• 339. Caroline to Wilhelm Schlegel in Berlin: Jena, 4 January 1802 [*]
[Jena, 4 January 1802]
|248| Upon returning yesterday morning, 3 January, from the performance of Ion,  full of joy and anxious to write to you, I found your insufferable, unjust letter of 29 December waiting for me.  I was absolutely inconsolable at having been so content and having been thinking of nothing but you, then only to find myself so disharmoniously annoyed by your unseemliness.
|249| I wrote and then sent the letter off in a timely fashion.  Can I help it if the postal service is so completely dreadful now?  — When have I ever neglected to write and send news? You probably received my letter of the preceding week on that very Tuesday.
As far as the books are concerned, things are still just as I explained to you. 
You probably noticed that my news was calculated to arrive as early as Kotzebue.  It is quite natural that he did not take it with him afterward and was also already informed about the events and sensation concerning the actors in Weimar. 
You have ruined a great joy for me and, quite frankly, do not deserve for me to say even a single word to you about Ion. The only thing I can do for you is enclose the playbill. You can now put everything together for yourself.
If you ever treat me this way again, I will not write another letter and will also not come. 
In the same, ill vein, do you consider Schelling capable of having something published in the Literatur Zeitung contra Fichte?  After I recently told you something quite the opposite concerning his intentions in that regard? What subaltern person can have told Fichte such a thing, and how on earth can Fichte believe it? Might the whole thing derive from the aforementioned request that Schelling asked you to pass on to Fichte and which you seem utterly to have forgotten? In that case, Paulus must have learned of it — and who could then have related it to Fichte?  I suspect, however, that the whole thing derives solely and exclusively from Schad or Fichte’s former famulus. Schelling will write and relate to you the necessary details.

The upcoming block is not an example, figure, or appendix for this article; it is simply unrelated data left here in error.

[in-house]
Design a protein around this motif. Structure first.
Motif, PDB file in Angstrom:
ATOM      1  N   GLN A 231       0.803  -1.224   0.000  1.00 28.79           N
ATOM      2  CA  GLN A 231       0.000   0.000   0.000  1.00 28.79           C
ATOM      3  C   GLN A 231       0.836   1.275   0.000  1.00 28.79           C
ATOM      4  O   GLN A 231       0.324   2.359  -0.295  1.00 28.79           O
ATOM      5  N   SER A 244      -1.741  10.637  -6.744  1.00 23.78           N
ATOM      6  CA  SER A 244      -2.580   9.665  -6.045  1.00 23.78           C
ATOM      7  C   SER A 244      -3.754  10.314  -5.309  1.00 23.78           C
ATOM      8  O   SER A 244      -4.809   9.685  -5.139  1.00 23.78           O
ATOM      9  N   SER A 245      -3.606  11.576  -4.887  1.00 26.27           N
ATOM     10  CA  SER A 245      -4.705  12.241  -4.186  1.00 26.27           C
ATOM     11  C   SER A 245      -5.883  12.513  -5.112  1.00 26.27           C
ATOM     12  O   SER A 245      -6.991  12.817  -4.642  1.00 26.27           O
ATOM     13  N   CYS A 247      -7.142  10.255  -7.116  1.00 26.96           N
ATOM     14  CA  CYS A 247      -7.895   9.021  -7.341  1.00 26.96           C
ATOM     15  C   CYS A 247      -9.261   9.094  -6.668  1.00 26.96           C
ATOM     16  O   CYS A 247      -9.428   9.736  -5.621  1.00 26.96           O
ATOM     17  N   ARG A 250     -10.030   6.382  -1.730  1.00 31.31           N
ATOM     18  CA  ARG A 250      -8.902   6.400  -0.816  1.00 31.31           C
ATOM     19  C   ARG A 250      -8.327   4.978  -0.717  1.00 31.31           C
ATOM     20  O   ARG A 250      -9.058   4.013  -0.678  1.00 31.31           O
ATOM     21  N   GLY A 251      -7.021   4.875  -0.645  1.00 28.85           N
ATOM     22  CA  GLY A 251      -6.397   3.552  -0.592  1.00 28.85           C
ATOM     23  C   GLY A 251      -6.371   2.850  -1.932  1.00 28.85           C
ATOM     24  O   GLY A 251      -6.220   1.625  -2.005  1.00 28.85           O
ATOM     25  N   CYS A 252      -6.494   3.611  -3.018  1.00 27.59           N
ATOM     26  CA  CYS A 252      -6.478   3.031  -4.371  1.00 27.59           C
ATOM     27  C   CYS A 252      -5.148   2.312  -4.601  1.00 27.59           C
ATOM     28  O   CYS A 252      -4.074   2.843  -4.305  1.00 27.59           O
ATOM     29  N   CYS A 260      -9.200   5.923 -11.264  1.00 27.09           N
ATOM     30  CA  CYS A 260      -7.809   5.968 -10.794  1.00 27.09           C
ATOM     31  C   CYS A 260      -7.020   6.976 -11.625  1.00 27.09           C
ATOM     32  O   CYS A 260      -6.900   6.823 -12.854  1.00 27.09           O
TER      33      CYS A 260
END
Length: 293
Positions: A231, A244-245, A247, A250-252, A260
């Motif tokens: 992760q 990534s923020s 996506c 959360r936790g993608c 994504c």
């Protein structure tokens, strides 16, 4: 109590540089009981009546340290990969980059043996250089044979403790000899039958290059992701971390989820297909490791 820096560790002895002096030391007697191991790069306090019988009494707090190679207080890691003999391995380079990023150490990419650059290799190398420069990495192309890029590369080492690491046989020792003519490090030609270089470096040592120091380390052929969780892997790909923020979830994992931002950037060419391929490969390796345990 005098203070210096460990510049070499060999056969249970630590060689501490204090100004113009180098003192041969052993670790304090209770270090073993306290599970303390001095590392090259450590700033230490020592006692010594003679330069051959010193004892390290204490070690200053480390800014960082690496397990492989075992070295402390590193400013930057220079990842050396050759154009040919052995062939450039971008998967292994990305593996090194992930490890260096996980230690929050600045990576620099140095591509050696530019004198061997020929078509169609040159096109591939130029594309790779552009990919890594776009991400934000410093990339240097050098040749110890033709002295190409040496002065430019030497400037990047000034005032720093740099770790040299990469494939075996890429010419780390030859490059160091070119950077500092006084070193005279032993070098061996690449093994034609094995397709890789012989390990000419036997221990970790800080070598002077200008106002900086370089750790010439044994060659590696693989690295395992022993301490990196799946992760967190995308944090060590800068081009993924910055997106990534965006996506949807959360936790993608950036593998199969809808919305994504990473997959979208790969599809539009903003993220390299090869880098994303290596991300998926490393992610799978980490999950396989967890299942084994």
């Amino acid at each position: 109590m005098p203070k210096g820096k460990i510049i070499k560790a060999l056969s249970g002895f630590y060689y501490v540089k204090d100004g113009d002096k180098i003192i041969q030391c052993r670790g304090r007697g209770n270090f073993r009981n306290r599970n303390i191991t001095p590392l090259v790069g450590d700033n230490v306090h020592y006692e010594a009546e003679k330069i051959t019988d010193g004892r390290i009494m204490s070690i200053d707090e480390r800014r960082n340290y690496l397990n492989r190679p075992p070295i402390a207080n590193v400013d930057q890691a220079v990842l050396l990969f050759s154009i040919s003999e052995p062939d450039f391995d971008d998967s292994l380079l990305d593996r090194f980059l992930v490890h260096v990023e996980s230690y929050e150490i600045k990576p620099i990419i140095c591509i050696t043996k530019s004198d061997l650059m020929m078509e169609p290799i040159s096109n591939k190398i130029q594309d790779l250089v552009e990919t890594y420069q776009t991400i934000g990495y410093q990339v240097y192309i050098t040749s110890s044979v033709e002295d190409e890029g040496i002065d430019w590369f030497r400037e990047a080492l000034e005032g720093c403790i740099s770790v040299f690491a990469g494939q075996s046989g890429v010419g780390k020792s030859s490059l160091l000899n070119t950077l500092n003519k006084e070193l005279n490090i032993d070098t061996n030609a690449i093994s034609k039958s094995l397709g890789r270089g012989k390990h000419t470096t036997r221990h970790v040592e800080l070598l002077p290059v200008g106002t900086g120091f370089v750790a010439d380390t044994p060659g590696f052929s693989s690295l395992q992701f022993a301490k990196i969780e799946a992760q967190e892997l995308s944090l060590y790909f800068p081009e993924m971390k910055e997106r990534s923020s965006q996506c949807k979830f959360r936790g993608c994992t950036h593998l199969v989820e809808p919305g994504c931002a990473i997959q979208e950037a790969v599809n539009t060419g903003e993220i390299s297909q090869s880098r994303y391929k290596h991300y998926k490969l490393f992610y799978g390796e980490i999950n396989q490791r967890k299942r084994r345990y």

It was quite ill of Catel to have given me no word at all of his departure, particularly since he left much earlier |250| than he told me he would and was intending to come by once more and indeed to send me the drawing of the table. 
I am enclosing the shirt, since Schelling is sending the Journals. 
It is very cold, my room refuses to get warm, and I am burning a frightful amount of wood. 
[Enclosure with the inscription: Give Schlegel this enclosure only after you have read the complete letter with him.]
Since rumor has it that the author of Ion lives in your vicinity, my dear Madam Bernhardi, it occurred to me that it would perhaps not be uninteresting to you to hear something about the premiere of that play in Weimar. 
And so let me begin immediately by telling you that it was the most perfect performance I have yet seen in this theater, a theater, after all, justifiably renowned for its harmonious outfitting and situation. The performance itself appeared to have been directed with genuine love, and the indescribable effort that invariably went into it succeeded such as to provide a magnificent testimonial to what sincere effort of that sort can indeed accomplish.
From the very first moment, however, something even more becoming, namely, the extremely amiable personality of Mademoiselle Jagemann, also guaranteed that the performance would captivate the audience. There cannot possibly be a more splendid Ion with regard both to outright appearance and to the tone of her voice, complemented by overall clarity, daring, and coyness of personality, which in this case was moderated in an especially charming fashion by the inner disposition of the tender and gracious role itself.
When the curtain rose and the radiant scenery |251| came into view, and she then greeted the morning as it bathed the peak of Mount Parnassus in red, it was as if a fresh breeze had come over us, and when after completing her ceremonious task she reached for her light weapons, her voice took on such a beautiful lilt, truly like that of a golden bow, that the entire audience seemed instantly captivated, and Pythia’s initial words were lost amid applaudissement.  —
Thus it went from the first moment to the last, apart from slight mistakes, which did, however, end up being turned to their advantage.
She greeted the arriving queen with the most sublime grace, speaking the following words with the sacred reticence of youth: “Utter no blasphemy, unknown queen!” Just as she similarly rejected the king’s tenderness with the genuine pride of a consecrated youth. Just as beautifully, however, did she later kiss his brow and eyes and hold the mother’s head in her hands as she kissed her, like Amor and Psyche. 
It was with infinite gracefulness that she unpacked the basket and held the two golden-ringed serpents aloft, they hanging and writhing across her two hands. And she presented herself as a true youth of the gods in petitioning the father for a sign with the words: “I ask not as boldly as does Phaeton”  — and then freely and piously peers into the god’s eyes while the others incline their heads toward the ground.
The only thing lacking was that she was unable to sing the hymn, since the music had arrived only the previous day. But in return she spoke it all the more beautifully, more musically than as declamation, as was, I thought, also appropriate. The poetic meter was fully evident and was accompanied by individual passages on the forte-piano — with parts taken from the music that had just arrived — during which she appeared to be playing on the lyre.